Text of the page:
Build Missing Links First Strategy
Today's regional highway and bridge network constitutes a relatively small portion of the comprehensive system that professional planners in the mid-1960s proposed for the area by the year 2000.
Many key planned links were deleted from official plans or never built because elected officials believed, "if we don't build roads, people won't come." But the people and jobs came anyway. For area population and job growth trends, click here.
Today, failure to build planned roads and bridges has provided the nation's second worst congestion.
To view PowerPoint slides of the year 2000 plans and the subsequent road and bridge deletions, click here. (The yellow lines mark deleted roads and the X's mark deleted bridges. I-66 Inside the Beltway and the Fairfax County Parkway have been downsized from original plans, while the Prince William County Parkway and Route 28 were not on the Year 2000 plans.)
A recent year-long Alliance study of previous transportation plans and current travel conditions concluded that the fundamental cause of today's traffic gridlock is a lack of alternative corridors to the extent that a single Capital Beltway or Woodrow Wilson Bridge accident can tie up the region for hours.
The Alliance Study also found that, while most planned transit facilities have been constructed, an extensive list of planned parkway and bridge projects have not.
In evaluating current plans, including the National Capital Region's Constrained Long Range Plan (CLRP) and Northern Virginia's 2030 Transportation Plan, the Alliance finds that most emphasis is on widening the limited existing network rather than creating new alternatives. The Alliance also found that widening a dysfunctional transportation system simply creates a wider dysfunctional system. For a regional system that works, we need more alternatives.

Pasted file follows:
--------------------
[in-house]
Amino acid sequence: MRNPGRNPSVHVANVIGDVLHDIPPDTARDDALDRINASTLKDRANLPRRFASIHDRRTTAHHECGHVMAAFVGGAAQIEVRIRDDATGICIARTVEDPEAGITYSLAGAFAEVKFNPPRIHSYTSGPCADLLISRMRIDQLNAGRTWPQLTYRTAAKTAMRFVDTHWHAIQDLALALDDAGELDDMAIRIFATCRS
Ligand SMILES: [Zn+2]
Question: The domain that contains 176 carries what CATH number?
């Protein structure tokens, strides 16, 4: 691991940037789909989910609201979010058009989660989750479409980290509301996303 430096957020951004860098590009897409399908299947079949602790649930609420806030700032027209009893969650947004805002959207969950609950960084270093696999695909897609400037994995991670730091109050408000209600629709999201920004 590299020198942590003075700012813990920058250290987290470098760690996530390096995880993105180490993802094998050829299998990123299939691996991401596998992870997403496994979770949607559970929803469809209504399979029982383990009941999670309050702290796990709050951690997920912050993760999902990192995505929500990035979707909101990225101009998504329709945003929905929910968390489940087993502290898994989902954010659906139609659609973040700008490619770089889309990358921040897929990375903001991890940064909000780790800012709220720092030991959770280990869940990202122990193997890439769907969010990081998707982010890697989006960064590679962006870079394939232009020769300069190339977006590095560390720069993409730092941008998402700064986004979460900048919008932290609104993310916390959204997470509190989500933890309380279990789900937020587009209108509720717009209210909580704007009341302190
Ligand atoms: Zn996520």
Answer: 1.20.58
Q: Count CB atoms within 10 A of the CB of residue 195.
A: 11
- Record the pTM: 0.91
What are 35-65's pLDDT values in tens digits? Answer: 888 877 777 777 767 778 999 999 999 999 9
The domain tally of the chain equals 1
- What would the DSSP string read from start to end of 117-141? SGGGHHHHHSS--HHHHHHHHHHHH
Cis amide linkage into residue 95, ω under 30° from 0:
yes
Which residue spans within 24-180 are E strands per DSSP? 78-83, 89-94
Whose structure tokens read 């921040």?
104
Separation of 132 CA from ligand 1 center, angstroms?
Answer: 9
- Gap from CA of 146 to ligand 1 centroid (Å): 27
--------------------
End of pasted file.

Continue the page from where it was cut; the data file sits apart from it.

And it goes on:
For this reason the Alliance believes that the primary focus for a regional transportation strategy should be investing in completing long-planned “missing links”, i.e. parkways, bridges and flexible mass transit alternatives before spending major sums on widening. For example, for the estimated $7 billion plus cost of widening the 64-mile Capital Beltway, the region could fund construction of a new Potomac Techway Crossing, Western and Eastern Bypasses, the Tri-County Parkway and additional lanes on I-66 inside the Beltway.
Missing Link Priorities
"Identify and develop additional highway and transit circumferential facilities and capacity, including Potomac River crossings where necessary and appropriate, that improve mobility and accessibility between and among regional activity centers and the regional core."
Alliance's Missing Links Focus Consistent With Regional Vision
National Capital Region Transportation Planning Board Vision Plan
Northern Virginia Lacks Performance-Based Transportation Priorities
To ensure existing and future funds are well spent, regional priorities must be assigned to projects that best improve travel speeds, reduce delays and move the most people in the most cost-effective manner.
Alliance priorities are “missing links” that planners for decades have identified as essential for better mobility and land use.